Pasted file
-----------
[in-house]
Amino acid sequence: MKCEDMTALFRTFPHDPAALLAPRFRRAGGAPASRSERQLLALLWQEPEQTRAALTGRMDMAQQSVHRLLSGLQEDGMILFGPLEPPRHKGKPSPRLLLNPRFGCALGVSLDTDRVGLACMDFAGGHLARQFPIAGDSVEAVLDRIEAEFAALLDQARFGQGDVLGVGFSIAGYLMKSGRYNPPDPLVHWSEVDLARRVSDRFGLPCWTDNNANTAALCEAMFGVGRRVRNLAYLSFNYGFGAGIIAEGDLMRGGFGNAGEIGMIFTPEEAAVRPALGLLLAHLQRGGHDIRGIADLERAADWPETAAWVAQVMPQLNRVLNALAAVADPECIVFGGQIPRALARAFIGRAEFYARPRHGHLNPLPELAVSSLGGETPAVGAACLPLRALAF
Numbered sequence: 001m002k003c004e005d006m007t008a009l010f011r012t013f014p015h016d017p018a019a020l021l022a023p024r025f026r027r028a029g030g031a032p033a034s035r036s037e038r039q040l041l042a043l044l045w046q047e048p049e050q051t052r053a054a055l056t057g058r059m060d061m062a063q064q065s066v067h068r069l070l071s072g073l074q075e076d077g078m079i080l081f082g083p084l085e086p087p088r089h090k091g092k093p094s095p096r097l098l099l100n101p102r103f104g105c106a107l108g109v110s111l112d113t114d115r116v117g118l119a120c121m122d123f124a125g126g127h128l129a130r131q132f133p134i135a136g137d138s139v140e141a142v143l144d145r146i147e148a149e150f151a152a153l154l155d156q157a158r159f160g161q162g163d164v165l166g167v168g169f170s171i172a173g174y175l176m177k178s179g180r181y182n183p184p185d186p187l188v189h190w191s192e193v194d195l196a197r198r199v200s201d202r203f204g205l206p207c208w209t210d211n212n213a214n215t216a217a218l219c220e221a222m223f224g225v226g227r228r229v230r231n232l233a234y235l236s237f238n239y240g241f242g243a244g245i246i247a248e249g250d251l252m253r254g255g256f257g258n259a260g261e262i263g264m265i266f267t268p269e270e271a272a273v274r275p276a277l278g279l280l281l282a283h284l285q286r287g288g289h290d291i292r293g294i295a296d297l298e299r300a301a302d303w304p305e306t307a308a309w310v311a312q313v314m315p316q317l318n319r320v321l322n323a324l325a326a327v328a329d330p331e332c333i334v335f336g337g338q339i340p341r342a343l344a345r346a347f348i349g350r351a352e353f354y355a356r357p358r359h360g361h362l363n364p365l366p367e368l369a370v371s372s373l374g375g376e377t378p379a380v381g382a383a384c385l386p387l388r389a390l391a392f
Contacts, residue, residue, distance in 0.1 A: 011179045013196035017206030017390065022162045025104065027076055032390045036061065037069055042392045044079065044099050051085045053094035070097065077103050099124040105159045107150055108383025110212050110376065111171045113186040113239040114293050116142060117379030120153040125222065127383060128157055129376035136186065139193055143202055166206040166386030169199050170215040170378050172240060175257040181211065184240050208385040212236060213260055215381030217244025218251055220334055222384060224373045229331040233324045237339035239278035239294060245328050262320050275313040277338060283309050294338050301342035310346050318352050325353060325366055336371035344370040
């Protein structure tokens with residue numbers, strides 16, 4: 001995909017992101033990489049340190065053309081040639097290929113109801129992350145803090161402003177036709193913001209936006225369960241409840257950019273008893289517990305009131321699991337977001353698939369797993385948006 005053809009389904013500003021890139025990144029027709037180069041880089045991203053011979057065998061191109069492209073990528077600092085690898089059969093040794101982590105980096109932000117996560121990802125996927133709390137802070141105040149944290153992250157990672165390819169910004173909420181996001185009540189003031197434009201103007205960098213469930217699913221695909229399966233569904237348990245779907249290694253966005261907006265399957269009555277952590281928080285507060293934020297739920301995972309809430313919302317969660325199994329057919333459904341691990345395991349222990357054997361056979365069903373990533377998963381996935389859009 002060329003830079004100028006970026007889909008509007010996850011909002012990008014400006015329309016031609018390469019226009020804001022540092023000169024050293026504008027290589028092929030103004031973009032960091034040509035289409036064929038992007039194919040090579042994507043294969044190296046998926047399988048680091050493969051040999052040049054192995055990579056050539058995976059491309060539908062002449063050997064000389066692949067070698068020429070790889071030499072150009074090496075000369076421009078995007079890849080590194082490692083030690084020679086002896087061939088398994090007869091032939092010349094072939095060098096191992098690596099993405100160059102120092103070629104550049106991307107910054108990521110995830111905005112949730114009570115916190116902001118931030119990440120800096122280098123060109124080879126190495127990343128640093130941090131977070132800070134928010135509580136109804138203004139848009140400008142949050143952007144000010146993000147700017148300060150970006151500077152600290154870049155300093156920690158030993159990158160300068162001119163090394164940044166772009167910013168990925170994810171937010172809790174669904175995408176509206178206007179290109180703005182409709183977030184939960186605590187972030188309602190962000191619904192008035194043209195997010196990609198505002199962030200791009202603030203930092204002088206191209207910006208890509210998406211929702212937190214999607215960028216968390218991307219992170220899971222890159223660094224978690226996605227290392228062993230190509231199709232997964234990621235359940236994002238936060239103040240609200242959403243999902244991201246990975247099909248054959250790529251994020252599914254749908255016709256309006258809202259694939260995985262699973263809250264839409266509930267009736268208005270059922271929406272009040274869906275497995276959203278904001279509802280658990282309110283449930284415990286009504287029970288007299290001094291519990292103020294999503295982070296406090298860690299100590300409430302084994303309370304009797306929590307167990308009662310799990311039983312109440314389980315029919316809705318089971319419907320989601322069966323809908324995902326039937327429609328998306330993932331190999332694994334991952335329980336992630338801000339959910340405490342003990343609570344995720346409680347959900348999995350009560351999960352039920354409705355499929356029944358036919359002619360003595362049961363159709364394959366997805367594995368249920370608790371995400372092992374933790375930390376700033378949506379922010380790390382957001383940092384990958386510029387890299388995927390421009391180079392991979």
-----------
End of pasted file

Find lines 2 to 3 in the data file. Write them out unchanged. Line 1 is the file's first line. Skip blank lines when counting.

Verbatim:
Amino acid sequence: MKCEDMTALFRTFPHDPAALLAPRFRRAGGAPASRSERQLLALLWQEPEQTRAALTGRMDMAQQSVHRLLSGLQEDGMILFGPLEPPRHKGKPSPRLLLNPRFGCALGVSLDTDRVGLACMDFAGGHLARQFPIAGDSVEAVLDRIEAEFAALLDQARFGQGDVLGVGFSIAGYLMKSGRYNPPDPLVHWSEVDLARRVSDRFGLPCWTDNNANTAALCEAMFGVGRRVRNLAYLSFNYGFGAGIIAEGDLMRGGFGNAGEIGMIFTPEEAAVRPALGLLLAHLQRGGHDIRGIADLERAADWPETAAWVAQVMPQLNRVLNALAAVADPECIVFGGQIPRALARAFIGRAEFYARPRHGHLNPLPELAVSSLGGETPAVGAACLPLRALAF
Numbered sequence: 001m002k003c004e005d006m007t008a009l010f011r012t013f014p015h016d017p018a019a020l021l022a023p024r025f026r027r028a029g030g031a032p033a034s035r036s037e038r039q040l041l042a043l044l045w046q047e048p049e050q051t052r053a054a055l056t057g058r059m060d061m062a063q064q065s066v067h068r069l070l071s072g073l074q075e076d077g078m079i080l081f082g083p084l085e086p087p088r089h090k091g092k093p094s095p096r097l098l099l100n101p102r103f104g105c106a107l108g109v110s111l112d113t114d115r116v117g118l119a120c121m122d123f124a125g126g127h128l129a130r131q132f133p134i135a136g137d138s139v140e141a142v143l144d145r146i147e148a149e150f151a152a153l154l155d156q157a158r159f160g161q162g163d164v165l166g167v168g169f170s171i172a173g174y175l176m177k178s179g180r181y182n183p184p185d186p187l188v189h190w191s192e193v194d195l196a197r198r199v200s201d202r203f204g205l206p207c208w209t210d211n212n213a214n215t216a217a218l219c220e221a222m223f224g225v226g227r228r229v230r231n232l233a234y235l236s237f238n239y240g241f242g243a244g245i246i247a248e249g250d251l252m253r254g255g256f257g258n259a260g261e262i263g264m265i266f267t268p269e270e271a272a273v274r275p276a277l278g279l280l281l282a283h284l285q286r287g288g289h290d291i292r293g294i295a296d297l298e299r300a301a302d303w304p305e306t307a308a309w310v311a312q313v314m315p316q317l318n319r320v321l322n323a324l325a326a327v328a329d330p331e332c333i334v335f336g337g338q339i340p341r342a343l344a345r346a347f348i349g350r351a352e353f354y355a356r357p358r359h360g361h362l363n364p365l366p367e368l369a370v371s372s373l374g375g376e377t378p379a380v381g382a383a384c385l386p387l388r389a390l391a392f